Former Atlanta Public Schools Superintendent Beverly Hall did not scheme to enrich herself with bonuses by allowing educators to inflate students’ test scores, her lawyers said in a statement issued Monday.
For the second time in a week, Hall’s legal team went public and proclaimed her innocence. This time, the defense attorneys sought to refute an underlying motive in the 65-count indictment: that Hall allowed test-cheating to occur at APS to “obtain substantial performance bonuses.”
Hall, charged with 34 other APS officials and educators, is accused of heading a racketeering conspiracy, making false statements and theft by taking. The theft charges allege that Hall unlawfully accepted APS bonuses based on Criterion-Referenced Competency Test results she knew were false.
In their statement, Hall’s lawyers accused Fulton County prosecutors of overreaching.
“In order to label Dr. Hall a racketeer, prosecutors say that she single-mindedly schemed to inflate test scores in order to pad her yearly bonuses,” her lawyers’ statement said. “… We simply ask that the citizens of Atlanta wait to hear the evidence and accord Dr. Hall the same respect we give all accused — the presumption of innocence and the right to a fair trial.”
Hall collected more than $580,000 in bonuses in the dozen years she worked for APS. For the 2009-09 school year, when suspicions about APS test scores first surfaced, the school board awarded Hall bonus pay of $78,115. Hall’s regular pay and benefits totaled more than $332,000 annually when she left APS in June 2011.
When the board hired Hall in 1999, its members agreed to provide her annual bonuses if certain goals were met. Academic achievement, including test scores, played a large role. Other issues also factored in, such as teacher training, public outreach and reducing student absenteeism, according to APS records.
On Monday, Hall’s legal team said any news media report that says Hall earned more than $500,000 in bonuses based on CRCT test scores alone was “false information or at best misleading since it aggregates Dr. Hall’s approximate bonuses over some 10 years.”
In any given year, the statement added, “Dr. Hall’s bonus was a small fraction of this amount and was tied to 25 or more performance objectives established by the Atlanta Board of Education. The vast majority of these benchmarks had nothing to do with the CRCT results.”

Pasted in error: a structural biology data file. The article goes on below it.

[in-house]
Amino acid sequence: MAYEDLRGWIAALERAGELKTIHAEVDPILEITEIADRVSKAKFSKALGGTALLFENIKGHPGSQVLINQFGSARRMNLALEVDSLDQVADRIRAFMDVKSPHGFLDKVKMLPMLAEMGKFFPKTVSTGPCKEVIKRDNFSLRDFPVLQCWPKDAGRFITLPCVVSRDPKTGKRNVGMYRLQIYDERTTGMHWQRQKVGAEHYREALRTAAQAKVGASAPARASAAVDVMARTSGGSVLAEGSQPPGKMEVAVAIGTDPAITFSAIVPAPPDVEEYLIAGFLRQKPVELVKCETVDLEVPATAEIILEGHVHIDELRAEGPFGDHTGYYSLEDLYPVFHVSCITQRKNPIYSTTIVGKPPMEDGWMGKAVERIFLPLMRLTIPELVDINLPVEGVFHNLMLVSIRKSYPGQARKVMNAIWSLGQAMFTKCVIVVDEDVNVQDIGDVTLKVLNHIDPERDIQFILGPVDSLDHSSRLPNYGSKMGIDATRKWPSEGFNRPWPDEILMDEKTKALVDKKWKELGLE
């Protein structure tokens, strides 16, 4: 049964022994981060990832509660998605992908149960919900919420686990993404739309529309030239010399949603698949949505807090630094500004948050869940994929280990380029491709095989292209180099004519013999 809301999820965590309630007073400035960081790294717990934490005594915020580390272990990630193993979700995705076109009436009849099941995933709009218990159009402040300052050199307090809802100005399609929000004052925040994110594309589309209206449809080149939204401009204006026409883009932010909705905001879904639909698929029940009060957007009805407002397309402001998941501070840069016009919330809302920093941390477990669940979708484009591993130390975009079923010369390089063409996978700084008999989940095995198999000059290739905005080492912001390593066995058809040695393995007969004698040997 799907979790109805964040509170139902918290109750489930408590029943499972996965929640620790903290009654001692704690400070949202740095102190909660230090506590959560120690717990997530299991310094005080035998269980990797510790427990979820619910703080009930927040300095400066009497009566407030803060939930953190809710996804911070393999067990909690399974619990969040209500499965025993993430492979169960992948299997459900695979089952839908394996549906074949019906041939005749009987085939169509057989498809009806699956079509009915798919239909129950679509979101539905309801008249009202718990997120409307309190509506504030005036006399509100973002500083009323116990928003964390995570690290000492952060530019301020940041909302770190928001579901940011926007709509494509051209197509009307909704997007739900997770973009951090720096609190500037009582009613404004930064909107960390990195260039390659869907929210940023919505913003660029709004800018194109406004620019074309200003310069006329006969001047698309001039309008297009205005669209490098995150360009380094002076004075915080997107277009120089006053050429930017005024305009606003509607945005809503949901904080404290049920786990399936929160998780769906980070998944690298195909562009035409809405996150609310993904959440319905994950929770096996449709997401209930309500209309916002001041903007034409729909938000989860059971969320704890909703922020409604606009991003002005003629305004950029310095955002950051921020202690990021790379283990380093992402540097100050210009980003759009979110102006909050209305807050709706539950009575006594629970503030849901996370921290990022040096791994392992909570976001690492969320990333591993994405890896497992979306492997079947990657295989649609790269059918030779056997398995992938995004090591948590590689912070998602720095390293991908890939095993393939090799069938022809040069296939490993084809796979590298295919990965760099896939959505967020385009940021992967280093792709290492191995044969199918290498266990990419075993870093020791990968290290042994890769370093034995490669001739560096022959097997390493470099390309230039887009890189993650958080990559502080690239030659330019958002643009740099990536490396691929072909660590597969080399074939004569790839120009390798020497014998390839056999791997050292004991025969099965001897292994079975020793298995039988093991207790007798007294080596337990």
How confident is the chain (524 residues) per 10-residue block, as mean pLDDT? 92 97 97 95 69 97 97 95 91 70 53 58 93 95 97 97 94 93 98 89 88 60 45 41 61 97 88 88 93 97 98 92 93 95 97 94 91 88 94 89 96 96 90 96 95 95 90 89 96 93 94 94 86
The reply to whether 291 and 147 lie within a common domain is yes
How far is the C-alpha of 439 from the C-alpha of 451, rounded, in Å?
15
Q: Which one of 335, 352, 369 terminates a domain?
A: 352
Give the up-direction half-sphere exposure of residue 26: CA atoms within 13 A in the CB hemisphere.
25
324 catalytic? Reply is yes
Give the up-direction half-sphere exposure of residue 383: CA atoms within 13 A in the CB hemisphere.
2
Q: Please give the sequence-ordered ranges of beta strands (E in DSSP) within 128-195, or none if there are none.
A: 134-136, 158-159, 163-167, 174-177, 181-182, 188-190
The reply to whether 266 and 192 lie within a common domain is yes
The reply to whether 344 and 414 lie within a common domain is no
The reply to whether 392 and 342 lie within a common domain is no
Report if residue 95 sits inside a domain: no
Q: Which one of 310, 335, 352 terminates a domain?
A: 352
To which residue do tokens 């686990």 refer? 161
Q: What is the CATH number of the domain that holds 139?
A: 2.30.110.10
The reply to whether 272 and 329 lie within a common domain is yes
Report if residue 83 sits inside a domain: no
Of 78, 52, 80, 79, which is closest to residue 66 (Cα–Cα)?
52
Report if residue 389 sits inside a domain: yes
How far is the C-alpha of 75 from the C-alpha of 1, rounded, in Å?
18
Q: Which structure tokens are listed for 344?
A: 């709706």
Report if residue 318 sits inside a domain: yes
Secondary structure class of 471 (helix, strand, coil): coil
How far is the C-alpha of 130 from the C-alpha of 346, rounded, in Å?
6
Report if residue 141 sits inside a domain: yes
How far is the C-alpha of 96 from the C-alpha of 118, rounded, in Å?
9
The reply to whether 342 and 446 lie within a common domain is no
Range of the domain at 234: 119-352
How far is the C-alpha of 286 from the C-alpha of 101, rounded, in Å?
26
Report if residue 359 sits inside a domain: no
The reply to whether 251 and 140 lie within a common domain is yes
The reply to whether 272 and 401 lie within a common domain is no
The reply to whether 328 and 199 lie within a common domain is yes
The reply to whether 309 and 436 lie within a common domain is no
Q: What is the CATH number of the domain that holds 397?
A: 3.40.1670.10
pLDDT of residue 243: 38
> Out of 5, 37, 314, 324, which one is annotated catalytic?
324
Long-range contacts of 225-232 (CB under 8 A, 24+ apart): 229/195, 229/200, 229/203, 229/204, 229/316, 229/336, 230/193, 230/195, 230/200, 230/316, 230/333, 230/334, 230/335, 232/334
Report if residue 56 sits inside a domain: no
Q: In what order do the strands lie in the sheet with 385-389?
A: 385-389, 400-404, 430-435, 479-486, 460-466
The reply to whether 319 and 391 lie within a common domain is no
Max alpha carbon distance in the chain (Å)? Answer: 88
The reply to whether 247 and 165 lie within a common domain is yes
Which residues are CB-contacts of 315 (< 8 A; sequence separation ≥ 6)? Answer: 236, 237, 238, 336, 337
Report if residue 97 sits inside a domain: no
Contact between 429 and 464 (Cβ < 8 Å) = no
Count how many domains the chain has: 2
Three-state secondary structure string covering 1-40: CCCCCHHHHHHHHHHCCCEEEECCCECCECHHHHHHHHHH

The lawyers’ statement did not specify how much of Hall’s bonus was tied to CRCT test score. Hall’s lead attorney, Richard Deane, declined further comment.
The lawyers’ statement also noted that the governor’s three special investigators who investigated test cheating at APS — Mike Bowers, Richard Hyde and Bob Wilson — determined that monetary bonuses provided little incentive for educators to cheat.
Instead, the investigators found, “fear of termination and public ridicule in faculty and principals meetings drove numerous educators to cross ethical lines.”
Pressure to meet targets and improve students’ CRCT scores was the single most frequent explanation teachers provided to explain why they cheated, the investigators said. “Most teachers, and many principals, described an oppressive environment at APS where the entire focus of the district had become achieving test scores rather than teaching children.”
The investigators’ July 2011 report found that “thousands of school children were harmed by widespread cheating.” Specifically, cheating occurred at 44 schools and involved more than 178 educators, including 38 principals, the report said.
The indictment said if certain school system-wide targets were achieved, Hall received a “substantial bonus.” Targets for elementary and middle school students were largely based on CRCT scores, the indictment said, adding that student attendance was also a contributing factor.
Hall’s legal team said the charges against Hall are unfounded.
“The great misfortune here is that the very real achievements of APS students and their teachers are being disparaged and summarily dismissed in an effort to vilify Dr. Hall,” the statement said. ” … Millions of dollars in precious public funds have been thrown at this effort to re-characterize isolated misconduct into a system-wide criminal enterprise led by Dr. Hall, when that money could have been far better spent.”